David Pyne, who
is 60, was forced to consider alternative options after chemotherapy and
traditional blood transfusions failed. He was offered the therapy
using donated blood from the umbilical cords of two newborns, one in America
and one in France.
'Umbilical cord blood is very rich in stem
cells, which being so immature have phenomenal regenerative powers. These were
a great, alternative source of cells for David, in fact the only option, as
after a worldwide search he had no other available donor', said Dr Mike
Dennis, director of the haematology and transplant unit at The Christie hospital in
Manchester where Pyne was treated.
Pyne is one of
the first people in the UK to undergo an umbilical cord blood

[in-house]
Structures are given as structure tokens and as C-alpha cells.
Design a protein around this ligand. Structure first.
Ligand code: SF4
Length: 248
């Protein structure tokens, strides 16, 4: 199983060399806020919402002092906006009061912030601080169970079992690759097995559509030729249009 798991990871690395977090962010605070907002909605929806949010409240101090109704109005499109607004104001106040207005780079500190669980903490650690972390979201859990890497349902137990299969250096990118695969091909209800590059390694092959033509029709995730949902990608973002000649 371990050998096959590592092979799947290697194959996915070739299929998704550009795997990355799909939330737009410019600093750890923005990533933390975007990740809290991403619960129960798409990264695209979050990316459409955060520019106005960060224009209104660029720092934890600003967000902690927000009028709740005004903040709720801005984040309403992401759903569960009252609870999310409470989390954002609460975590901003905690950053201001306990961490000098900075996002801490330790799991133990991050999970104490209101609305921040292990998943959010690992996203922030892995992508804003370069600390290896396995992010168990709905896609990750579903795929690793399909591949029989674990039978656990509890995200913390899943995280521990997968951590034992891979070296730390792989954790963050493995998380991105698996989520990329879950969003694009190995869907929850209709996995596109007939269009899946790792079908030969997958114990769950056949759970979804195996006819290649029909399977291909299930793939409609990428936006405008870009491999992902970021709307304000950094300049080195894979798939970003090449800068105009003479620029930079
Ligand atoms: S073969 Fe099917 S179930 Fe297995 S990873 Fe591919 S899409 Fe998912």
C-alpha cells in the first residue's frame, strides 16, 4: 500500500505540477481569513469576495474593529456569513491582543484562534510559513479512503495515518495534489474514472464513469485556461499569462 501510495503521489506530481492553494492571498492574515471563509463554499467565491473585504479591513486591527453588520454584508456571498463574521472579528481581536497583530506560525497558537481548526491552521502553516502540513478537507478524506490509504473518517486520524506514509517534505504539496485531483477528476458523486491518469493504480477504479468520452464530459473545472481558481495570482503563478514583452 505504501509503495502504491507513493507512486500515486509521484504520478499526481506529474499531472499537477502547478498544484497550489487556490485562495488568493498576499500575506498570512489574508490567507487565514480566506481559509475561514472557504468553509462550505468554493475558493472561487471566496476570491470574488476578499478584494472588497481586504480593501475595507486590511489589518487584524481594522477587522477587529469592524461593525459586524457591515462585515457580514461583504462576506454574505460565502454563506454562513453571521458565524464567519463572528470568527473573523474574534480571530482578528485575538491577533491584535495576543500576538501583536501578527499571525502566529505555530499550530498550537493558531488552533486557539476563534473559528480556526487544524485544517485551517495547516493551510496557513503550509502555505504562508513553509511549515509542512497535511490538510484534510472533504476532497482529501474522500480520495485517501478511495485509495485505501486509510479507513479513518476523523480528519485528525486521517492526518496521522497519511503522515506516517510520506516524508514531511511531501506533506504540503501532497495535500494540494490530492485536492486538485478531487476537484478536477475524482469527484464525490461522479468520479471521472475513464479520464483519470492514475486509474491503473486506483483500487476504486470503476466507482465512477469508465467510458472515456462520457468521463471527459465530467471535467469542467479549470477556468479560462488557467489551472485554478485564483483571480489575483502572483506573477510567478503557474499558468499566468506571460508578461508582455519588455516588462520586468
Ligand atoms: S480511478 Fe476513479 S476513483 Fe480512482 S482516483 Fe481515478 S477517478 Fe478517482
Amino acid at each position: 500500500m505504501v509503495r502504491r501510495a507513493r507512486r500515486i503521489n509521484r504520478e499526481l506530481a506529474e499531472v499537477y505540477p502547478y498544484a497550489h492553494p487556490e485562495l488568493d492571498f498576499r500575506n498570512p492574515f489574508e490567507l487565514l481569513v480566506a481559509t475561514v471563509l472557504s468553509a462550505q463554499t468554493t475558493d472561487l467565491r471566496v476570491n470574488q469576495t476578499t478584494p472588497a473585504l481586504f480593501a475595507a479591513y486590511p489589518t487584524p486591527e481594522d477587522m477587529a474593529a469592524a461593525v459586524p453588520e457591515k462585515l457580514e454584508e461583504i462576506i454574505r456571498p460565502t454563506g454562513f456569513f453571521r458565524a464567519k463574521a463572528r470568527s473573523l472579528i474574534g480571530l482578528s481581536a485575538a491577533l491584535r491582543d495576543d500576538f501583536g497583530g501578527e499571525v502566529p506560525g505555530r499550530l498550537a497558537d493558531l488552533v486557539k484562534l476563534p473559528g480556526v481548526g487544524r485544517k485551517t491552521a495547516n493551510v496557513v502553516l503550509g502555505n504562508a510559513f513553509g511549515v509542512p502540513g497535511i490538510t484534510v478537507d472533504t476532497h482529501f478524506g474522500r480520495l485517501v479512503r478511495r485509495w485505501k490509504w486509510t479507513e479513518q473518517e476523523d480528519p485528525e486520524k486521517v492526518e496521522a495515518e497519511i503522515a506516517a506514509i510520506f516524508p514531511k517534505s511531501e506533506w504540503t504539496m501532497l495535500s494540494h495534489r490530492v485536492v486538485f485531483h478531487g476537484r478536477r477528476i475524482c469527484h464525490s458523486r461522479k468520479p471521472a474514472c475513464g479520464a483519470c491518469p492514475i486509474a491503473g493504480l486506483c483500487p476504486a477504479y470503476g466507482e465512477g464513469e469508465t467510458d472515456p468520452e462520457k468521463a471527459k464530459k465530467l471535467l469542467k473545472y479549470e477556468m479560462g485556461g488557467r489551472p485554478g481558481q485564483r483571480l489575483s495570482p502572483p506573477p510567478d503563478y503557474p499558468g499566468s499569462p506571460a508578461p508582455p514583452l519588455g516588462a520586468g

transplant, although the procedure is available on the NHS. Six similar transplants
were performed at The Christie over the last year.
In the UK,
pregnant mothers in cities including London, Birmingham and Leicester can
donate their babies' umbilical cords and placentas to blood banks. Yet around 65,000
litres of cord blood were discarded last year, lowering
the chances of meeting potential transplant requests.
Central Manchester University Hospitals Trust may open a further cord blood
collection point. A spokeswoman told the Manchester Evening News: 'As part of
our commitment to deliver a unique range of services to the north-west, Saint Mary's Hospital is currently assessing the feasibility of developing a
cord blood collection centre here in Manchester'.
Cord blood can
be frozen and stored after collection, to be used when needed.
currently seen at the hospital as an outpatient on a weekly
basis. He told ITV News he was 'truly amazed when my doctor at The Christie
said we could use this option. To think two newborns saved an old man's life is
just marvellous and it's given me more time with my own grandchildren'.